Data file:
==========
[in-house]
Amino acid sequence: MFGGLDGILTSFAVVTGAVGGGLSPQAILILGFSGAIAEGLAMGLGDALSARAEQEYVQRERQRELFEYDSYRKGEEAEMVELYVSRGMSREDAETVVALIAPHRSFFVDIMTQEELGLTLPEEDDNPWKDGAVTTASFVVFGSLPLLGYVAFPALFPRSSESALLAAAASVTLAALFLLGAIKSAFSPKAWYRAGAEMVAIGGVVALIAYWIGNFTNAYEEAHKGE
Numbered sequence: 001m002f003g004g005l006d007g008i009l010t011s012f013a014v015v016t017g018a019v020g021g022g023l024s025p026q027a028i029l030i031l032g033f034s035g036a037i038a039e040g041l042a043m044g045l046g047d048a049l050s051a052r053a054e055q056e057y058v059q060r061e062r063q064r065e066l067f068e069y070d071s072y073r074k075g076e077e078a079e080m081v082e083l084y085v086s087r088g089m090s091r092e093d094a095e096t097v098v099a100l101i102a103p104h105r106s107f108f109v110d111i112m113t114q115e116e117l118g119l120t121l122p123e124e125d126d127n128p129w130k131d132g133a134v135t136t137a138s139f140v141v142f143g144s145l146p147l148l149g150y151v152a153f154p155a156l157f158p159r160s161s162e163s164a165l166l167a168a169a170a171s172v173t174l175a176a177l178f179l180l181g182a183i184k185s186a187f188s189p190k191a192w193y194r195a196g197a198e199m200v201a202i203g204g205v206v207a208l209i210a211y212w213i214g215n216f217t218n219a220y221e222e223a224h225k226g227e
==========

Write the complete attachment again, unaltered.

[in-house]
Amino acid sequence: MFGGLDGILTSFAVVTGAVGGGLSPQAILILGFSGAIAEGLAMGLGDALSARAEQEYVQRERQRELFEYDSYRKGEEAEMVELYVSRGMSREDAETVVALIAPHRSFFVDIMTQEELGLTLPEEDDNPWKDGAVTTASFVVFGSLPLLGYVAFPALFPRSSESALLAAAASVTLAALFLLGAIKSAFSPKAWYRAGAEMVAIGGVVALIAYWIGNFTNAYEEAHKGE
Numbered sequence: 001m002f003g004g005l006d007g008i009l010t011s012f013a014v015v016t017g018a019v020g021g022g023l024s025p026q027a028i029l030i031l032g033f034s035g036a037i038a039e040g041l042a043m044g045l046g047d048a049l050s051a052r053a054e055q056e057y058v059q060r061e062r063q064r065e066l067f068e069y070d071s072y073r074k075g076e077e078a079e080m081v082e083l084y085v086s087r088g089m090s091r092e093d094a095e096t097v098v099a100l101i102a103p104h105r106s107f108f109v110d111i112m113t114q115e116e117l118g119l120t121l122p123e124e125d126d127n128p129w130k131d132g133a134v135t136t137a138s139f140v141v142f143g144s145l146p147l148l149g150y151v152a153f154p155a156l157f158p159r160s161s162e163s164a165l166l167a168a169a170a171s172v173t174l175a176a177l178f179l180l181g182a183i184k185s186a187f188s189p190k191a192w193y194r195a196g197a198e199m200v201a202i203g204g205v206v207a208l209i210a211y212w213i214g215n216f217t218n219a220y221e222e223a224h225k226g227e